User:Joseph Frye/Notebook/Physics Junior Lab 307L/FormalReport/notes

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DAY 1 (October 11, 2010):

We ran two trials today. The first trial we kept the current to the coils constant at 1.5A (constant B field) and varied the accelerating voltage from about 175V to about 225V in steps of 25V. We then measured and recorded the radius of curvature in a google docs spreadsheet. The second trial we kept the accelerating voltage constant at 200V and varied the current to the coils from 1.5A to 2.0A and again measured and recorded the radius of curvature. our data is hereFile:Benedict Frye E M ratio.ods

after looking at the data we had a relative error of about 23% which according to Dr. Koch is normal for this experiment with this e/m apparatus. We spent the rest of day 1 discussing why there would be so much error in the experiment. Thats to say why is 23% relative error normal for this experiment? In an attempt to gain insight into this question we varied the voltage and current some more and noticed some strange things.

  • In the lab manual the beam is supposed to be violet, ours was green. however at low accelerating voltages we are able to get portions of the beam to be violet.
  • The filament voltage should not affect the radius of curvature but it does change the radius quite a bit

FryeEoverMNoRuler.jpg FryeEoverMcircleWruler.jpg



DAY 2(October 18, 2010):

we spent day 2 taking photos for the lab report and again trying to figure out why there is so much error in this experiment. We also tried to figure out why the beam is not violet but is instead green. Our observations are recorded on tab 2 of the included spreadsheet. Here are some of the anomalies that we observed.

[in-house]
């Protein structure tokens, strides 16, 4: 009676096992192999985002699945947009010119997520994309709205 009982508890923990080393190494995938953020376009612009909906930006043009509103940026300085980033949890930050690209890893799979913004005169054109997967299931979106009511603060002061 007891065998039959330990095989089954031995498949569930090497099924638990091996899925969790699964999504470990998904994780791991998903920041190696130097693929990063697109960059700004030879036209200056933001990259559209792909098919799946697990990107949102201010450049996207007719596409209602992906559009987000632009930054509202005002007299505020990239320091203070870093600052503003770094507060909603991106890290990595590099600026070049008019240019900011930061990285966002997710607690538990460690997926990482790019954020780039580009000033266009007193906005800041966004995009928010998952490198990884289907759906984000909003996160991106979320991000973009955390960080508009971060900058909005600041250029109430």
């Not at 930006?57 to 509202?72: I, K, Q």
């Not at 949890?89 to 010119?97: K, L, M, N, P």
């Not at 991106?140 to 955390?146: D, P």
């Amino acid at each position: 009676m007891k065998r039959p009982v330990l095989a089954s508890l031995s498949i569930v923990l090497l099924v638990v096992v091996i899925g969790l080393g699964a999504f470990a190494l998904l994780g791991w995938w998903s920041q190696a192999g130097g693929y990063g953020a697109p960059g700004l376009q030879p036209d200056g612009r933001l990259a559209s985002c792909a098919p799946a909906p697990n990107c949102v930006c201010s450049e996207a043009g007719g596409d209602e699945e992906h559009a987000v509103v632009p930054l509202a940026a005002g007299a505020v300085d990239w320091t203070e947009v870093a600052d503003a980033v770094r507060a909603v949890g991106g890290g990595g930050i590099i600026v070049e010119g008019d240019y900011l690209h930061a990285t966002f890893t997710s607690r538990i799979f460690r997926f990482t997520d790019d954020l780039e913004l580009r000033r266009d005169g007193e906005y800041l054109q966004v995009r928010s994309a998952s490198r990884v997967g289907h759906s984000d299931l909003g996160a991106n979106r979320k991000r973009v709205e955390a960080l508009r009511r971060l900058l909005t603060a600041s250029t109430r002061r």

The electron beam will form a helix when the velocity of the electrons is not perpendicular to the magnetic field shown here:

FryeEoverMHelix1.jpg FryeEoverMHelix2.jpg FryeEoverMHelix3.jpg

When the accelerating voltage is low and the current in the coils is high we are able to get the violet color described in the lab manual in part of the beam.

FryeEoverMLowVoltageWierdness1.jpg FryeEoverMLowVoltageWierdness2.jpg FryeEoverMLowVoltageWierdness3.jpg FryeEoverMLowVoltageWierdness4.jpg FryeEoverMLowVoltageWierdness5.jpg

Follow up (December 6, 2010):

One of our thoughts about why the beam was a different color than the lab manual says is that perhaps the bulb contained a different gas than helium. To test this we used helium lab and a spectroscope. Using the equipment and technique similar to another lab we did(Balmer Series Lab). We found that the spectral lines from the electron beam are consistent with helium. There were no lines present that are not present in the helium spectrum. This means that the gas in the bulb is indeed helium. We also found that the violet light is present at normal experimental conditions but is not visible to the eye because of the brightness of the green light. Another interesting note is that I could see no other lines besides the violet and green. I had expected to see other faint lines from the helium spectrum. This does not mean they are not there just that I could not see them in the scope. We were unable to come to a satisfactory explanation for this phenomena.